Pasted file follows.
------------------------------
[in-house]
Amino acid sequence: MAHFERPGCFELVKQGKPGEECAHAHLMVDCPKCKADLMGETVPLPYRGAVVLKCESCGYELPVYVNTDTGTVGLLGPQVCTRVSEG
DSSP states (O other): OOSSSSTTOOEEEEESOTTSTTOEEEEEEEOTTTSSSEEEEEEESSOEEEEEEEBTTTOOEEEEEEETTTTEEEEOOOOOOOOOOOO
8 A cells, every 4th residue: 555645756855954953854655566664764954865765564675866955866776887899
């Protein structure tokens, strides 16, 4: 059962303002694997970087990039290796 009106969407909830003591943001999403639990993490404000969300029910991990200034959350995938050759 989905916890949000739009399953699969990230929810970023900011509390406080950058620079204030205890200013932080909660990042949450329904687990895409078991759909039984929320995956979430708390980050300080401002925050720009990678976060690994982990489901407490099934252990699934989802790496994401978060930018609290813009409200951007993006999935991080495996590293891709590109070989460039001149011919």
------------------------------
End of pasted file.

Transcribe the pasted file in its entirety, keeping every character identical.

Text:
[in-house]
Amino acid sequence: MAHFERPGCFELVKQGKPGEECAHAHLMVDCPKCKADLMGETVPLPYRGAVVLKCESCGYELPVYVNTDTGTVGLLGPQVCTRVSEG
DSSP states (O other): OOSSSSTTOOEEEEESOTTSTTOEEEEEEEOTTTSSSEEEEEEESSOEEEEEEEBTTTOOEEEEEEETTTTEEEEOOOOOOOOOOOO
8 A cells, every 4th residue: 555645756855954953854655566664764954865765564675866955866776887899
């Protein structure tokens, strides 16, 4: 059962303002694997970087990039290796 009106969407909830003591943001999403639990993490404000969300029910991990200034959350995938050759 989905916890949000739009399953699969990230929810970023900011509390406080950058620079204030205890200013932080909660990042949450329904687990895409078991759909039984929320995956979430708390980050300080401002925050720009990678976060690994982990489901407490099934252990699934989802790496994401978060930018609290813009409200951007993006999935991080495996590293891709590109070989460039001149011919």